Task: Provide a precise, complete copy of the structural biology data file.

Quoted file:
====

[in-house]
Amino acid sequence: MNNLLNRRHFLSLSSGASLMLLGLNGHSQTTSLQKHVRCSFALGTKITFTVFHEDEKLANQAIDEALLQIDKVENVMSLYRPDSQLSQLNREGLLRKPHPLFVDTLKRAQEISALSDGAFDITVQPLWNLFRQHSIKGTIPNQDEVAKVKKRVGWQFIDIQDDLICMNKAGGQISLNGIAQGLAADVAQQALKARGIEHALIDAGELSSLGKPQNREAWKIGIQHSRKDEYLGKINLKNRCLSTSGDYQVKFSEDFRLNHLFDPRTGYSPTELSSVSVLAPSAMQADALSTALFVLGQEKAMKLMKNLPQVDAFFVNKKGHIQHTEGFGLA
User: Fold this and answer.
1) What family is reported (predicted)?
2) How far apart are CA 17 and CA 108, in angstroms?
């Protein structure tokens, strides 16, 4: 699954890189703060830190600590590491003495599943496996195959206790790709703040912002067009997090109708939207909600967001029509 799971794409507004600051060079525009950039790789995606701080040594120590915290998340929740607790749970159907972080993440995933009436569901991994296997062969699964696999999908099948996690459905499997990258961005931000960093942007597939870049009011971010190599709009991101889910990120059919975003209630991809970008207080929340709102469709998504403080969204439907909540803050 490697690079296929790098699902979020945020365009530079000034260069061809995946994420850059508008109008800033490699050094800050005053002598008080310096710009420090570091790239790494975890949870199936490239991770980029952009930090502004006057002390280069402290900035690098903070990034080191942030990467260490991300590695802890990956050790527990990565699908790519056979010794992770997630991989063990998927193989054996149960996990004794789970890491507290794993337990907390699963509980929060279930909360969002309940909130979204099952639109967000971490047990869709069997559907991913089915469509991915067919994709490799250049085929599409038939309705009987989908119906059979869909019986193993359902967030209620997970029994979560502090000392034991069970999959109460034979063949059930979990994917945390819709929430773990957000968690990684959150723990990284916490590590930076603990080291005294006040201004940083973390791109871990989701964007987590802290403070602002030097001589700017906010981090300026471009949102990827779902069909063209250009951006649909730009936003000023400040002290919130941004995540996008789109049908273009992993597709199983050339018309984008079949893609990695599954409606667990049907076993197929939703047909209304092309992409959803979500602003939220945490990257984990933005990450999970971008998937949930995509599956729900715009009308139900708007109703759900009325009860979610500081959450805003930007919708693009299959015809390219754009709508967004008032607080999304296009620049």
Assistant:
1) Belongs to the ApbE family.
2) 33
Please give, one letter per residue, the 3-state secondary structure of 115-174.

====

[in-house]
Amino acid sequence: MNNLLNRRHFLSLSSGASLMLLGLNGHSQTTSLQKHVRCSFALGTKITFTVFHEDEKLANQAIDEALLQIDKVENVMSLYRPDSQLSQLNREGLLRKPHPLFVDTLKRAQEISALSDGAFDITVQPLWNLFRQHSIKGTIPNQDEVAKVKKRVGWQFIDIQDDLICMNKAGGQISLNGIAQGLAADVAQQALKARGIEHALIDAGELSSLGKPQNREAWKIGIQHSRKDEYLGKINLKNRCLSTSGDYQVKFSEDFRLNHLFDPRTGYSPTELSSVSVLAPSAMQADALSTALFVLGQEKAMKLMKNLPQVDAFFVNKKGHIQHTEGFGLA
User: Fold this and answer.
1) What family is reported (predicted)?
2) How far apart are CA 17 and CA 108, in angstroms?
């Protein structure tokens, strides 16, 4: 699954890189703060830190600590590491003495599943496996195959206790790709703040912002067009997090109708939207909600967001029509 799971794409507004600051060079525009950039790789995606701080040594120590915290998340929740607790749970159907972080993440995933009436569901991994296997062969699964696999999908099948996690459905499997990258961005931000960093942007597939870049009011971010190599709009991101889910990120059919975003209630991809970008207080929340709102469709998504403080969204439907909540803050 490697690079296929790098699902979020945020365009530079000034260069061809995946994420850059508008109008800033490699050094800050005053002598008080310096710009420090570091790239790494975890949870199936490239991770980029952009930090502004006057002390280069402290900035690098903070990034080191942030990467260490991300590695802890990956050790527990990565699908790519056979010794992770997630991989063990998927193989054996149960996990004794789970890491507290794993337990907390699963509980929060279930909360969002309940909130979204099952639109967000971490047990869709069997559907991913089915469509991915067919994709490799250049085929599409038939309705009987989908119906059979869909019986193993359902967030209620997970029994979560502090000392034991069970999959109460034979063949059930979990994917945390819709929430773990957000968690990684959150723990990284916490590590930076603990080291005294006040201004940083973390791109871990989701964007987590802290403070602002030097001589700017906010981090300026471009949102990827779902069909063209250009951006649909730009936003000023400040002290919130941004995540996008789109049908273009992993597709199983050339018309984008079949893609990695599954409606667990049907076993197929939703047909209304092309992409959803979500602003939220945490990257984990933005990450999970971008998937949930995509599956729900715009009308139900708007109703759900009325009860979610500081959450805003930007919708693009299959015809390219754009709508967004008032607080999304296009620049």
Assistant:
1) Belongs to the ApbE family.
2) 33
Please give, one letter per residue, the 3-state secondary structure of 115-174.